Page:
Earth Poem

By Helen Salsbury


Bats flittering in a twilight sky.


A deer,

holding still on an empty lane,

as with quiet cycle wheels,

I draw closer.


Birds I’ve never seen before,

on a tree I’ve watched through every season.


The way water flows and races,

cresting rocks, splashing white,

twisting, turning, falling,

then widening and flowing,

turning sleek,

gleaming green,

as it follows the call of the sea.

Which, when reached,

washes in,

washes out,

like breath.


The just perceptible mounding of soil,

which precedes the unbending of a seedling,

pushing through.



tall, short,

straight, bent,

slender, thick,

supple, creaking.

Steady hearted.

Opening arms and leaves,

ready to dance with the wind.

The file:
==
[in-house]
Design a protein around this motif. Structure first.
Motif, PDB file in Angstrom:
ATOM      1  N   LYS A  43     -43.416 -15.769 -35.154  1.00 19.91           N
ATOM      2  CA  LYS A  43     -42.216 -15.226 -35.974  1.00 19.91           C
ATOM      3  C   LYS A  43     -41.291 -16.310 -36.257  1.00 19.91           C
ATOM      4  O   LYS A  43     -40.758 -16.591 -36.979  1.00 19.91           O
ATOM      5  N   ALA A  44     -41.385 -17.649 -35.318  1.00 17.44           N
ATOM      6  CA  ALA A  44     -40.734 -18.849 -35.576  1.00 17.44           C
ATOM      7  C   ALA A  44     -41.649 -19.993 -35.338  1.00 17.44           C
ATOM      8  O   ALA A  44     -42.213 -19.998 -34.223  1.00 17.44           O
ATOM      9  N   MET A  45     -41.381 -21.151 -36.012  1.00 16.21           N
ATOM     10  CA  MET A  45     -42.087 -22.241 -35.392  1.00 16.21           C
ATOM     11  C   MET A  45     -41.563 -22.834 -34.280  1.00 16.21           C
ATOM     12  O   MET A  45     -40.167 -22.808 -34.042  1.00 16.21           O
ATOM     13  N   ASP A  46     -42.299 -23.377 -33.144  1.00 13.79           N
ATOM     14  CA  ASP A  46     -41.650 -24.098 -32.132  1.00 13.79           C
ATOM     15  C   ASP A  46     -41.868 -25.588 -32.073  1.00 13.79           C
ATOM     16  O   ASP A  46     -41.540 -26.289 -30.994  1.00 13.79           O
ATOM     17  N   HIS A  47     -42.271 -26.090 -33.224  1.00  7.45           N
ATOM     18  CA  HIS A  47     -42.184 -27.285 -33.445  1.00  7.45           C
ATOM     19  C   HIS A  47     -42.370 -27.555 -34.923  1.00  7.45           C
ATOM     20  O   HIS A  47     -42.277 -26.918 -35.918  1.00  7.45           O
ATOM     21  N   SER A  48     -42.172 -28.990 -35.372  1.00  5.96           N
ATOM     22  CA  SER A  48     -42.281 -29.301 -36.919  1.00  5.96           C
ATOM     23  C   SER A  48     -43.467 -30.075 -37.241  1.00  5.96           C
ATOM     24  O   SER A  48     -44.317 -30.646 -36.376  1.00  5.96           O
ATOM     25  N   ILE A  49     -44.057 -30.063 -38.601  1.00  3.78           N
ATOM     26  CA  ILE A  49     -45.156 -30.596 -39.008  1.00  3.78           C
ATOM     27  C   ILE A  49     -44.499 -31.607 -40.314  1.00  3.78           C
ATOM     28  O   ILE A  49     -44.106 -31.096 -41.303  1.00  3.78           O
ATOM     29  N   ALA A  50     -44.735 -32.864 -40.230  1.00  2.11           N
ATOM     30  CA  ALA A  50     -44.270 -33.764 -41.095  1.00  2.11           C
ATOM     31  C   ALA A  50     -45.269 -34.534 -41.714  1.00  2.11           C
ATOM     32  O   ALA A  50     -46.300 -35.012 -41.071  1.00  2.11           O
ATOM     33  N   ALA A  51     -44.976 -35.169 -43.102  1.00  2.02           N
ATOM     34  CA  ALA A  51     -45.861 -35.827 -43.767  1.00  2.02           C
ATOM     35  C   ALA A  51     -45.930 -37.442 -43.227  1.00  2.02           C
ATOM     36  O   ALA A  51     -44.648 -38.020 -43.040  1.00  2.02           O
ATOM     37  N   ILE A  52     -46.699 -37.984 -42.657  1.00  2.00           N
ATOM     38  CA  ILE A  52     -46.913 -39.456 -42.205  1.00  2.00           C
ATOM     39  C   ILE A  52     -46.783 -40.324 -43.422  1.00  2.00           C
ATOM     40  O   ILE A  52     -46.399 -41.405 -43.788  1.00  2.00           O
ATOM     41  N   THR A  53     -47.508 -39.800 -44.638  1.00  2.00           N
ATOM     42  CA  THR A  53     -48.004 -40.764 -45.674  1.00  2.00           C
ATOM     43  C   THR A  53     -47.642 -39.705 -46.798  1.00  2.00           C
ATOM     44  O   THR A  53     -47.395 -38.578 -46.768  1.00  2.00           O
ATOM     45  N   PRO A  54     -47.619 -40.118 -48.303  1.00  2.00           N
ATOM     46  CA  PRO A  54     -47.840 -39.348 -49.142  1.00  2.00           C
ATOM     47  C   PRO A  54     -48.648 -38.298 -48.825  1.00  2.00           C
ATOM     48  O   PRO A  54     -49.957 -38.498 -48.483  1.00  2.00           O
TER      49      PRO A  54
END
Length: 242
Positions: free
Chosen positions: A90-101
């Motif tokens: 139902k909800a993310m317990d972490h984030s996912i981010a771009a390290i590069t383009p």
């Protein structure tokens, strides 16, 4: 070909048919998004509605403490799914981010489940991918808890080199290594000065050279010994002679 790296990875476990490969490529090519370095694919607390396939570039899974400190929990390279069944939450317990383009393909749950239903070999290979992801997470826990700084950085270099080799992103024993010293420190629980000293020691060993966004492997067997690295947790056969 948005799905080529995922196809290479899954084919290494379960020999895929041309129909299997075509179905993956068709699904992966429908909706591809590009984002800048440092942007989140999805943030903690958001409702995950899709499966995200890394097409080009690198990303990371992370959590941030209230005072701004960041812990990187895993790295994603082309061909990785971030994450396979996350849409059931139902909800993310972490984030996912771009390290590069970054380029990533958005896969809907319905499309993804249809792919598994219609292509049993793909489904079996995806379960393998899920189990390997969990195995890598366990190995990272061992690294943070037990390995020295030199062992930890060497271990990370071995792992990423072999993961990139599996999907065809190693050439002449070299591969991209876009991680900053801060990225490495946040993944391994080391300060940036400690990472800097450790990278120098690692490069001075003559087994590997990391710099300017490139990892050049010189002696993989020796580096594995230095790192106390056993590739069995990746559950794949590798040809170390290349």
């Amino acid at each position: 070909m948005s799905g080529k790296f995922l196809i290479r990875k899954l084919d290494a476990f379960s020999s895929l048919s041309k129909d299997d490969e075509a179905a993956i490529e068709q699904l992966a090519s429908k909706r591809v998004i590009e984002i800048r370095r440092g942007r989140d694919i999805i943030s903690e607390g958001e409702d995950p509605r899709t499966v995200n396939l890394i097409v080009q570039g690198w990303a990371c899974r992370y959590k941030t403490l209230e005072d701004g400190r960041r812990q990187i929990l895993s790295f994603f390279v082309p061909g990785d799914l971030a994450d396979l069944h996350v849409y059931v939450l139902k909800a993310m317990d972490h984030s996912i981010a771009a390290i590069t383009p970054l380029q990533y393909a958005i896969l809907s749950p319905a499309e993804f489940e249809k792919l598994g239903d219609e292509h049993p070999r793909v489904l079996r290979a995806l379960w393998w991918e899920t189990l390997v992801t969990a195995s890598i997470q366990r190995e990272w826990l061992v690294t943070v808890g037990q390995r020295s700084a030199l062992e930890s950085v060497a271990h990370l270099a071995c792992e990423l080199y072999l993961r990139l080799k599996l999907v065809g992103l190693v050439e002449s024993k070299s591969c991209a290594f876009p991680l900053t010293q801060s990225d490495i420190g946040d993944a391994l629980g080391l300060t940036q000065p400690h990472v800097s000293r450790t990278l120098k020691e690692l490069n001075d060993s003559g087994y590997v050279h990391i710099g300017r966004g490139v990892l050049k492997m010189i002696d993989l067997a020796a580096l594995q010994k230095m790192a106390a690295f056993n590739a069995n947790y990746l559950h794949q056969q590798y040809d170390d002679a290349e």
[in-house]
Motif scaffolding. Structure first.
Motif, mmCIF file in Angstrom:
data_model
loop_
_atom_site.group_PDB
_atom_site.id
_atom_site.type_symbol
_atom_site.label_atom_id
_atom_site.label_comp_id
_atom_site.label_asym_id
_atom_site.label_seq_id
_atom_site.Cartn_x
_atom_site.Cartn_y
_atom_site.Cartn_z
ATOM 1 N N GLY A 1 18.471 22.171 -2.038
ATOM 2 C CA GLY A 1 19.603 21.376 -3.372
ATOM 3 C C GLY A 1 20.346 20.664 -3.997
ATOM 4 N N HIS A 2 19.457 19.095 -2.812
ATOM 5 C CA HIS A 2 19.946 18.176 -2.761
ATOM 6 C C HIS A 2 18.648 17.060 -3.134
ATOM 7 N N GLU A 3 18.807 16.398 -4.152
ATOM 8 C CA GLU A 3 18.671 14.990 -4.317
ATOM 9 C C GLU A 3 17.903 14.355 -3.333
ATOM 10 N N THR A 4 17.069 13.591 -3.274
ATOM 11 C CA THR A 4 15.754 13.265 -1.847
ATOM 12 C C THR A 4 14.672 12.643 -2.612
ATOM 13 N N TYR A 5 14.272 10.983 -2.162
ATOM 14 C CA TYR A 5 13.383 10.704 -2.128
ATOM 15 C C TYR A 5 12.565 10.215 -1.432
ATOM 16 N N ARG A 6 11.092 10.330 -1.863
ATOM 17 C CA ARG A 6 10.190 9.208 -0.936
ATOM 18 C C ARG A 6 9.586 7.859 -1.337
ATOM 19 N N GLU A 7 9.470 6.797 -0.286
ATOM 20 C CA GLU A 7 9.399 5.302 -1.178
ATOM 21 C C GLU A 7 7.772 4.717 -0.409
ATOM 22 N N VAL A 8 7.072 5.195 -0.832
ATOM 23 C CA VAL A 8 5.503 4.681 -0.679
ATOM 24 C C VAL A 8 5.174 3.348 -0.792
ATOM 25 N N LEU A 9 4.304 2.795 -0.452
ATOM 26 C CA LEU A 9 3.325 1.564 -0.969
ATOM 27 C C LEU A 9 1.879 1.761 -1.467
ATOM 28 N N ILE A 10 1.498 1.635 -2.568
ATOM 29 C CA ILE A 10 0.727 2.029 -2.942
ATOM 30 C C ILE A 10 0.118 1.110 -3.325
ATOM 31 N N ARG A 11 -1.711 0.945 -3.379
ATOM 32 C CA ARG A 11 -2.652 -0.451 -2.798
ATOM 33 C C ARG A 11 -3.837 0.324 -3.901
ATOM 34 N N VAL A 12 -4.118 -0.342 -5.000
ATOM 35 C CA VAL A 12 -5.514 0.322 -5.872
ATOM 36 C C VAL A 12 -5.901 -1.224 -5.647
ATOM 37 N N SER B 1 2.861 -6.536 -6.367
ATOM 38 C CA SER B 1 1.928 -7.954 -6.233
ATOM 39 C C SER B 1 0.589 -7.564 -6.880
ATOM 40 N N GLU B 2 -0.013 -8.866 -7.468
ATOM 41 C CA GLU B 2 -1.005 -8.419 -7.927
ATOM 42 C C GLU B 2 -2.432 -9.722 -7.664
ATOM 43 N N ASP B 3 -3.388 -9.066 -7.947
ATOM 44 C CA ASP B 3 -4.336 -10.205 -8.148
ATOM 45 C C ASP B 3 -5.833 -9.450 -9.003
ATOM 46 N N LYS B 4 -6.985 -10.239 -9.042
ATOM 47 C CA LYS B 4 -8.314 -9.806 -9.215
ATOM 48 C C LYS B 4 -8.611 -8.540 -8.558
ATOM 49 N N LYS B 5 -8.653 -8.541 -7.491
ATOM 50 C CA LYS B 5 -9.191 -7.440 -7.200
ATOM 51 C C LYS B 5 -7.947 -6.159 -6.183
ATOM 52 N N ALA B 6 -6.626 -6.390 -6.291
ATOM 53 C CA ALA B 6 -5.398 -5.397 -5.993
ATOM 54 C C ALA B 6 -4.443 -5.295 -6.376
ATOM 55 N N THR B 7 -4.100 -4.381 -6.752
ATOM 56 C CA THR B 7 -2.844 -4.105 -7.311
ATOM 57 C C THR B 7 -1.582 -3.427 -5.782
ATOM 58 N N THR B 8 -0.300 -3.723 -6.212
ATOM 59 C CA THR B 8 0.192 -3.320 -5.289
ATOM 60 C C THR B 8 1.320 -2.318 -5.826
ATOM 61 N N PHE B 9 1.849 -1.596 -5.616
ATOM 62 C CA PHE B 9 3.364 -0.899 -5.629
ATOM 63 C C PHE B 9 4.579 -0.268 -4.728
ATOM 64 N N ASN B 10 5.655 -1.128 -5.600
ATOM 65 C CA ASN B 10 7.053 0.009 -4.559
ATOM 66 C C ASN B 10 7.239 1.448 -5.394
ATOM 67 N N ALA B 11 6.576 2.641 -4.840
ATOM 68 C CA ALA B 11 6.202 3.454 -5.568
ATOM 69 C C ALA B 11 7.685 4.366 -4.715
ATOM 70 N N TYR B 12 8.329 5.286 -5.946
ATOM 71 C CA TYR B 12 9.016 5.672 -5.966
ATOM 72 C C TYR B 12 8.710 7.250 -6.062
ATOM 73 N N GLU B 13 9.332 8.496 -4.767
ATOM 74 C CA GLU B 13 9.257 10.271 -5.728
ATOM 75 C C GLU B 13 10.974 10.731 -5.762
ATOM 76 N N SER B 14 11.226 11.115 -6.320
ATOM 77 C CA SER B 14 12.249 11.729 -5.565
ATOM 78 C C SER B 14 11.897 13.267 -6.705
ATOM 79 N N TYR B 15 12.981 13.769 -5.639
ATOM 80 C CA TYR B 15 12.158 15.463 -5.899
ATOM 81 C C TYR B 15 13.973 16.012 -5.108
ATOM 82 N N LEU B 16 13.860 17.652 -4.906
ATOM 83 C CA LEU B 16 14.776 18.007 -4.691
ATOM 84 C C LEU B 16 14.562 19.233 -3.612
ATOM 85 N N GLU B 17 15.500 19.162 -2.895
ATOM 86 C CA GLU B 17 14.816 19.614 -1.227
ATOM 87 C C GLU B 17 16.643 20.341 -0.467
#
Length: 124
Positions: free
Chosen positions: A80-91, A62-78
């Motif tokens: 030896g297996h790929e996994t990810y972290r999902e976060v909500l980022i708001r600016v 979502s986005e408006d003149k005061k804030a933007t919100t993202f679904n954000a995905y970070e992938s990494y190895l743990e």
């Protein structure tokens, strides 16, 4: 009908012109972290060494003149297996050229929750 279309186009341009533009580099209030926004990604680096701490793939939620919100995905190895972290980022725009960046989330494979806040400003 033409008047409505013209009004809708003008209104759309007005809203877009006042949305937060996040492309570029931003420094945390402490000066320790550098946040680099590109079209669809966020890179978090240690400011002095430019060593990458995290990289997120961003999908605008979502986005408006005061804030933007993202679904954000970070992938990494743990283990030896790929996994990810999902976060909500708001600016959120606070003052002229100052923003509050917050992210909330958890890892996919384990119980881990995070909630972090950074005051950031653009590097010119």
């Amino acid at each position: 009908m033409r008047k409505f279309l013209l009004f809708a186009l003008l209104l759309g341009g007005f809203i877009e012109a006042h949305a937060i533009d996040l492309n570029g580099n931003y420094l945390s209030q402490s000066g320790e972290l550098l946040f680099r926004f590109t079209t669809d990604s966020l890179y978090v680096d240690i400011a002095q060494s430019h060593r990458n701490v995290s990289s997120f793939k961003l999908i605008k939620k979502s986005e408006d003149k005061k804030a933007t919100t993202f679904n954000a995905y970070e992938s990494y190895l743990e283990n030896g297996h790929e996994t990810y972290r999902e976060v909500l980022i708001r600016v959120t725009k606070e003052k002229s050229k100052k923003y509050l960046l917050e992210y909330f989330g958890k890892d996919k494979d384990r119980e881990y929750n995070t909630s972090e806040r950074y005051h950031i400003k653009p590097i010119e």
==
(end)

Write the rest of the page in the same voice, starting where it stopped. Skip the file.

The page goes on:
Mountain tops where, in memory, I stand,

almost flying over the landscape,

feeling the clean air rush away my human grief,

touching finger-tips to the surface of rocks,

whose peaks and crevasses, jags and cracks, tell me:

all this has happened before,

and before and before.


And look, we’re still here.


Inspiration: Although this poem ranges in imagination further than I was able to do in lockdown, it was written during lockdown, and many of the observations took place then: a side effect of quieter roads and a quieter, more reflective me. It’s a taste of what got me through, of what always gets me through.


Pens of the Earth is about encouraging writers to celebrate existing environmental initiatives, and to imagine what might be.

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Image by Gerson Rodriguez from Pixabay.

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